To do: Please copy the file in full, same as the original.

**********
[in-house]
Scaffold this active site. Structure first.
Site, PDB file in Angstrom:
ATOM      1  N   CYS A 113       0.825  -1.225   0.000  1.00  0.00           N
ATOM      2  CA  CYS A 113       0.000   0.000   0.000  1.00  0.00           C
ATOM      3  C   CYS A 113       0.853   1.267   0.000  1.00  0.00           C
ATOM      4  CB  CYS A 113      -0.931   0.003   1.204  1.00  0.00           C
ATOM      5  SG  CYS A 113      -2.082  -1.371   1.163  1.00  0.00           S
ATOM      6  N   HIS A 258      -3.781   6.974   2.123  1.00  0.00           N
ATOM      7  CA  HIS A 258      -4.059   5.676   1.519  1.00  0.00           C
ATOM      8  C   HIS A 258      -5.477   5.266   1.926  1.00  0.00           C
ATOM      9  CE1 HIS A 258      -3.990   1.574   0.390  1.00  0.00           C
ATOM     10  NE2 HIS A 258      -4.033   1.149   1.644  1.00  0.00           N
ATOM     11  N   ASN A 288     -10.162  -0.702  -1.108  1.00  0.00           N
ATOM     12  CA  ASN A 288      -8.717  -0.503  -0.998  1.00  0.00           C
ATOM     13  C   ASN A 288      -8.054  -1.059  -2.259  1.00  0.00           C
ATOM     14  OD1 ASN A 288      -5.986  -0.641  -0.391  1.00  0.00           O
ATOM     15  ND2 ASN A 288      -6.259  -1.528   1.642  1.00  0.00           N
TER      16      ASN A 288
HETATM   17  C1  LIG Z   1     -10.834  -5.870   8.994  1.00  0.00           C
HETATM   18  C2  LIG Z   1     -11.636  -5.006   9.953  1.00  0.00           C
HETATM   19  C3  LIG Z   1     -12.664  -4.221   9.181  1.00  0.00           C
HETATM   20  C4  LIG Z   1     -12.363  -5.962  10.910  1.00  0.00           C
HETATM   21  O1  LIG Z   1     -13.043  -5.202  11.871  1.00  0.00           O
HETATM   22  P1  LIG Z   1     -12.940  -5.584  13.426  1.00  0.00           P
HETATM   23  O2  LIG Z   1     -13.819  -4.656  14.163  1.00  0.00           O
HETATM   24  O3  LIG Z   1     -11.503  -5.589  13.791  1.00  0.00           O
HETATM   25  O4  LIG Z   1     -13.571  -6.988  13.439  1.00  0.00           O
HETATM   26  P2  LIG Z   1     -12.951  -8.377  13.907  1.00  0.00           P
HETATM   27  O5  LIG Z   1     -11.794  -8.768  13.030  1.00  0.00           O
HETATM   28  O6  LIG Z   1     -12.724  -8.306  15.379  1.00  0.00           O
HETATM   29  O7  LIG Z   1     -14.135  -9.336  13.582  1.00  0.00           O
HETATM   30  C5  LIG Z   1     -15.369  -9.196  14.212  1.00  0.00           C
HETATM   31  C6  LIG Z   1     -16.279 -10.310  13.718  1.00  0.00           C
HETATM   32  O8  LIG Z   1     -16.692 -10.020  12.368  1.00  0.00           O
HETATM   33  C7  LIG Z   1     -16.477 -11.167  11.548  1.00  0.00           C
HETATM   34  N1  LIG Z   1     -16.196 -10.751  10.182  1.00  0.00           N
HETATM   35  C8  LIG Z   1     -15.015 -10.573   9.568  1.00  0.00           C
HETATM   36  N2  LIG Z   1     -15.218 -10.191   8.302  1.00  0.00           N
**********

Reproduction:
[in-house]
Scaffold this active site. Structure first.
Site, PDB file in Angstrom:
ATOM      1  N   CYS A 113       0.825  -1.225   0.000  1.00  0.00           N
ATOM      2  CA  CYS A 113       0.000   0.000   0.000  1.00  0.00           C
ATOM      3  C   CYS A 113       0.853   1.267   0.000  1.00  0.00           C
ATOM      4  CB  CYS A 113      -0.931   0.003   1.204  1.00  0.00           C
ATOM      5  SG  CYS A 113      -2.082  -1.371   1.163  1.00  0.00           S
ATOM      6  N   HIS A 258      -3.781   6.974   2.123  1.00  0.00           N
ATOM      7  CA  HIS A 258      -4.059   5.676   1.519  1.00  0.00           C
ATOM      8  C   HIS A 258      -5.477   5.266   1.926  1.00  0.00           C
ATOM      9  CE1 HIS A 258      -3.990   1.574   0.390  1.00  0.00           C
ATOM     10  NE2 HIS A 258      -4.033   1.149   1.644  1.00  0.00           N
ATOM     11  N   ASN A 288     -10.162  -0.702  -1.108  1.00  0.00           N
ATOM     12  CA  ASN A 288      -8.717  -0.503  -0.998  1.00  0.00           C
ATOM     13  C   ASN A 288      -8.054  -1.059  -2.259  1.00  0.00           C
ATOM     14  OD1 ASN A 288      -5.986  -0.641  -0.391  1.00  0.00           O
ATOM     15  ND2 ASN A 288      -6.259  -1.528   1.642  1.00  0.00           N
TER      16      ASN A 288
HETATM   17  C1  LIG Z   1     -10.834  -5.870   8.994  1.00  0.00           C
HETATM   18  C2  LIG Z   1     -11.636  -5.006   9.953  1.00  0.00           C
HETATM   19  C3  LIG Z   1     -12.664  -4.221   9.181  1.00  0.00           C
HETATM   20  C4  LIG Z   1     -12.363  -5.962  10.910  1.00  0.00           C
HETATM   21  O1  LIG Z   1     -13.043  -5.202  11.871  1.00  0.00           O
HETATM   22  P1  LIG Z   1     -12.940  -5.584  13.426  1.00  0.00           P
HETATM   23  O2  LIG Z   1     -13.819  -4.656  14.163  1.00  0.00           O
HETATM   24  O3  LIG Z   1     -11.503  -5.589  13.791  1.00  0.00           O
HETATM   25  O4  LIG Z   1     -13.571  -6.988  13.439  1.00  0.00           O
HETATM   26  P2  LIG Z   1     -12.951  -8.377  13.907  1.00  0.00           P
HETATM   27  O5  LIG Z   1     -11.794  -8.768  13.030  1.00  0.00           O
HETATM   28  O6  LIG Z   1     -12.724  -8.306  15.379  1.00  0.00           O
HETATM   29  O7  LIG Z   1     -14.135  -9.336  13.582  1.00  0.00           O
HETATM   30  C5  LIG Z   1     -15.369  -9.196  14.212  1.00  0.00           C
HETATM   31  C6  LIG Z   1     -16.279 -10.310  13.718  1.00  0.00           C
HETATM   32  O8  LIG Z   1     -16.692 -10.020  12.368  1.00  0.00           O
HETATM   33  C7  LIG Z   1     -16.477 -11.167  11.548  1.00  0.00           C
HETATM   34  N1  LIG Z   1     -16.196 -10.751  10.182  1.00  0.00           N
HETATM   35  C8  LIG Z   1     -15.015 -10.573   9.568  1.00  0.00           C
HETATM   36  N2  LIG Z   1     -15.218 -10.191   8.302  1.00  0.00           N